It’s been a bit of a journey since the last major release of DaVinci Resolve. Resolve 16 came out almost two years ago, at NAB in April 2019. Finally, last November, Blackmagic announced that Resolve 17 was being released as a public beta, letting us get our grubby little mitts on the newest version to have a play and see what we could break.
Today, Blackmagic has announced that DaVinci Resolve 17 is now out of beta and sees its first final release. As with all new major Resolve versions, Resolve 17 offers a massive number of new features and improvements over Resolve 16. Over 300, they say, along with native support for Apple’s new M1 chips.
The features in the final release version of DaVinci Resolve 17 are largely the same as those that were announced during the initial beta in November. Except, they work now. For those of you who’ve been trying out the beta over the last few months, you should see a big improvement in stability and features that didn’t quite work before should now be working well.
And for those that haven’t played with the beta and have stuck with Resolve 16 – because, you know, you understand the importance of not testing beta software on your client’s live projects that have deadlines – you’ll see a whole lot of new and improved features, including…
- Next-generation HDR color correction with customizable wheels and tonal zones.
- Mesh and grid-based color warper delivers an entirely new way to transform color.
- Magic mask automatic object isolation powered by the DaVinci Neural Engine.
- Improved color management with tone mapping and color space aware tools.
- Massive DaVinci wide-gamut color space for higher quality image processing.
- High-speed audio editing with new keyboard and mouse context-sensitive tools.
- Fairlight Audio Core engine with auto load balancing and support for 2,000 tracks.
- Revolutionary FlexBus architecture for audio routing without limitations.
- Automatic transient detection for beats, words, and sound effects.
- Support for massive audio projects with thousands of tracks on a single system.
- Metadata based card view in media pool on cut page.
- Precision audio trimming on the cut page timeline and graphical trimmer.
- Smart reframe powered by the DaVinci Neural Engine on cut and edit pages.
- Live effect, title, and transition previews on cut and edit pages.
- Import and edit projects from ATEM Mini Pro ISO.
- Proxy media workflows up to 1/16th resolution in H.264, H.265, ProRes or DNxHR.
- Timeline based clip syncing to create multicam and compound clips.
- Alpha support for keying and compositing on cut and edit pages.
- Render in place command for effects-heavy clips on cut and edit timelines.
- Make source side adjustments before editing clips into the timeline.
- Portable timeline and bin files for easy sharing.
- Native interlace processing and realtime 3:2 pulldown removal.
- Node tree bookmarks, customizable Fusion toolbar, and vertical node layouts.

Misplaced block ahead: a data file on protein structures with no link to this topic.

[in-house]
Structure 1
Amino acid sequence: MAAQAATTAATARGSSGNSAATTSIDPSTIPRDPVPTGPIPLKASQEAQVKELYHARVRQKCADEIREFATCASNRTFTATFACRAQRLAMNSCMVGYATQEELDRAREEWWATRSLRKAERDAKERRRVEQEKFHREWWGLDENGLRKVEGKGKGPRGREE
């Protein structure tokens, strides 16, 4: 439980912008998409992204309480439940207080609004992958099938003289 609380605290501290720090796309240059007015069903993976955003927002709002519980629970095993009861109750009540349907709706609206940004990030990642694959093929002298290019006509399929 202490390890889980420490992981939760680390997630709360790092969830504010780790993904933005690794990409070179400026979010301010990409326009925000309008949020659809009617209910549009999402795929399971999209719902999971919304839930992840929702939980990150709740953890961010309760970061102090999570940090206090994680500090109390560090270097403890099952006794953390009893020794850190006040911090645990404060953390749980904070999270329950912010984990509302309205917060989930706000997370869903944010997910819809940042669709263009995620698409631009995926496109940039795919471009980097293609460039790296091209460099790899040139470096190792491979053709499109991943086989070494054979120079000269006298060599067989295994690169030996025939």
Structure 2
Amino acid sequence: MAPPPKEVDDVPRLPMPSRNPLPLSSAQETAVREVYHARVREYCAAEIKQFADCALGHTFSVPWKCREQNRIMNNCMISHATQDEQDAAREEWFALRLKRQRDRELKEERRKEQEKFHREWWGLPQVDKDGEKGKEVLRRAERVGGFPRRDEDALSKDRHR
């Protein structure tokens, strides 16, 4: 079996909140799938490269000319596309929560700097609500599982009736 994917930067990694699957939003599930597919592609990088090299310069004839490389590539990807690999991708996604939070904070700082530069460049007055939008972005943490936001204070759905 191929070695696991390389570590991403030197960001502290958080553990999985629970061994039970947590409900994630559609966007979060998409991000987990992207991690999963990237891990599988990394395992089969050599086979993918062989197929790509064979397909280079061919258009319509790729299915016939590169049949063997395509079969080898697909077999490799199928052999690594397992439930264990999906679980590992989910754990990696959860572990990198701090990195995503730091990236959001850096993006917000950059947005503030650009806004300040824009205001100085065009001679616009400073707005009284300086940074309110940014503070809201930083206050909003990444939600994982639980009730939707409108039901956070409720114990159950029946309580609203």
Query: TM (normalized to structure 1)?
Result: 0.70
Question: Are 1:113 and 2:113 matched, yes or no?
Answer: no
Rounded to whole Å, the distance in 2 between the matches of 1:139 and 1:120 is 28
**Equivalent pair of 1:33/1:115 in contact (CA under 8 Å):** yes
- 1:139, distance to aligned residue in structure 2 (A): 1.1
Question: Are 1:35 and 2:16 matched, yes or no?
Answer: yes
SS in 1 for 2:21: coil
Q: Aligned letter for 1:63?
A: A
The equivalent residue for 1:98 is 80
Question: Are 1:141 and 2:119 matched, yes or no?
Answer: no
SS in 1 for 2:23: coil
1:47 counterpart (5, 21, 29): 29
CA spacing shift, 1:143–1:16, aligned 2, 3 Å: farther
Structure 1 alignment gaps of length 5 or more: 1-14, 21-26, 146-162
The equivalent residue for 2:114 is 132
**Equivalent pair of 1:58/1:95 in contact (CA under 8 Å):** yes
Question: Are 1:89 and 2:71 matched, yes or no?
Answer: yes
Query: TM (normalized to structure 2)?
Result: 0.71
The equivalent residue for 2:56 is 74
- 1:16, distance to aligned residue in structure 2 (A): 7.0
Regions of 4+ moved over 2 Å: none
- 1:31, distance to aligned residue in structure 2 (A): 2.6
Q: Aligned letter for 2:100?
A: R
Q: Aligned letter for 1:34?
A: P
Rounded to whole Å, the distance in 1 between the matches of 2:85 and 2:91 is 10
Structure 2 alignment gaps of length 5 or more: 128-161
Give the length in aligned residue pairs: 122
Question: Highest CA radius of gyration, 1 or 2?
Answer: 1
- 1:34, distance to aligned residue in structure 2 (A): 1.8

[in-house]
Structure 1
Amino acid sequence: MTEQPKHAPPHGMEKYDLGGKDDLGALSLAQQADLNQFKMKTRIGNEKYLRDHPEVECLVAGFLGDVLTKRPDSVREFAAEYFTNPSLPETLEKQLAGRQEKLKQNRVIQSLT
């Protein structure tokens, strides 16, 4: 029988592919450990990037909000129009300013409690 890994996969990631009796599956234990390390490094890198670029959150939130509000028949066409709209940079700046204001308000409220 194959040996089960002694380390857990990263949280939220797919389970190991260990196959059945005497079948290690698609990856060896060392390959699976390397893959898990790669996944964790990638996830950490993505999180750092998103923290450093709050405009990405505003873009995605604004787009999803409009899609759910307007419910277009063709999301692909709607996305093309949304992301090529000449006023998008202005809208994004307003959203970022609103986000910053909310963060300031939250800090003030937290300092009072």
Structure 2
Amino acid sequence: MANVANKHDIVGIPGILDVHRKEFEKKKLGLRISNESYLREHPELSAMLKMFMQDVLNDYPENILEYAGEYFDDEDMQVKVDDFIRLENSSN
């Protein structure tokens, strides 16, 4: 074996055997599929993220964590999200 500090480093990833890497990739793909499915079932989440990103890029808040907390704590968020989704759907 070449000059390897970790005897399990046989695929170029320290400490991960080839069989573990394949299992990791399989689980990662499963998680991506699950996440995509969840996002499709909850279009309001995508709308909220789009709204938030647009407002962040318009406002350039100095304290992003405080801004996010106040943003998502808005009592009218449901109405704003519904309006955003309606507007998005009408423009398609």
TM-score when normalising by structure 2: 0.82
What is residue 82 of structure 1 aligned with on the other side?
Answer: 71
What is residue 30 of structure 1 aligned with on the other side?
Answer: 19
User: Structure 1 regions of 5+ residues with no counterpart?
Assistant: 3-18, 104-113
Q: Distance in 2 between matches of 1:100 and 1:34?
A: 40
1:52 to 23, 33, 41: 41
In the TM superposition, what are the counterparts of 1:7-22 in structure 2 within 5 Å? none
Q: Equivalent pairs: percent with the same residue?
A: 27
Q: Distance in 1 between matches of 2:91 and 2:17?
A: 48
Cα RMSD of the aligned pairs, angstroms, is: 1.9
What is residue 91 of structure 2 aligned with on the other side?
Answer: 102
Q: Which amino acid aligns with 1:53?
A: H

- Support for growing files in the media pool.
- Support for frame-based metadata for BRAW, ARRI, RED, Sony and EXR.
- Workflow integration API and third-party encoder API.
The Cut, Edit, Fusion, Color, and Fairlight pages have all seen a bit of an overhaul, to some degree or other in Resolve 17. Fairlight probably sees the biggest changes, which has had a lot of attention paid to it, bringing with it an entirely new audio engine that supports up to 2,000 simultaneous audio tracks. Sure, you probably won’t need that many for vlogs, but if you’re shooting short films or features, hitting a couple of hundred with music, voice, foley and other effects isn’t that uncommon.
But there are a whole lot of new features, and you haven’t tried the beta before, you might want to set up Resolve 17 on a second machine just until you get used to it. Colour grading, for a start has seen quite a few changes and offers some new ways to work with colour, including the new Color Warper tool (which is amazing!). Naturally, DaVinci Resolve 17 supports all of the usual Blackmagic decks and hardware that you’re used to using with Resolve 16, including the Editor Keyboard and the Speed Editor.
The only thing I’m not sure about at the moment is what’s going on with the Apple M1. During the Resolve 17 beta, Blackmagic released a separate 17.1 beta, in addition to the usual macOS version, designed specifically to offer native support to Apple’s new M1-based computers. In the final release, Blackmagic only lists a macOS version. I’m not sure whether this version offers native support for both Intel and M1-based Macs or if we’ll see a separate M1 version coming soon, but I’ve reached out to Blackmagic to find out and will let you know if and when I hear back from them.
Update (26 Feb 2021):
Blackmagic has confirmed to me that Apple M1 users should download the new 17.1 Beta 10 which was just released today (26 Feb) that you can download on the Blackmagic website. A native M1 version of the DaVinci Resolve 17 final should be coming soon.
Update 2 (11 Mar 2021): Blackmagic has now announced the final release of the native Apple M1 version DaVinci Resolve 17.1.
As always, there’s a free version and a paid Studio version. The free version is, well, free and the Studio version is $299 if you’re not already a Resolve Studio owner. If you do already own DaVinci Resolve Studio, the upgrade is completely free. Just download and install. Although, if you’re an existing owner, regardless of whether you’re using the free or Studio version, you’ll want to make sure to back up your work and databases before you upgrade.
For more information and to download and try out DaVinci Resolve 17 for yourself, head on over to the Blackmagic website.
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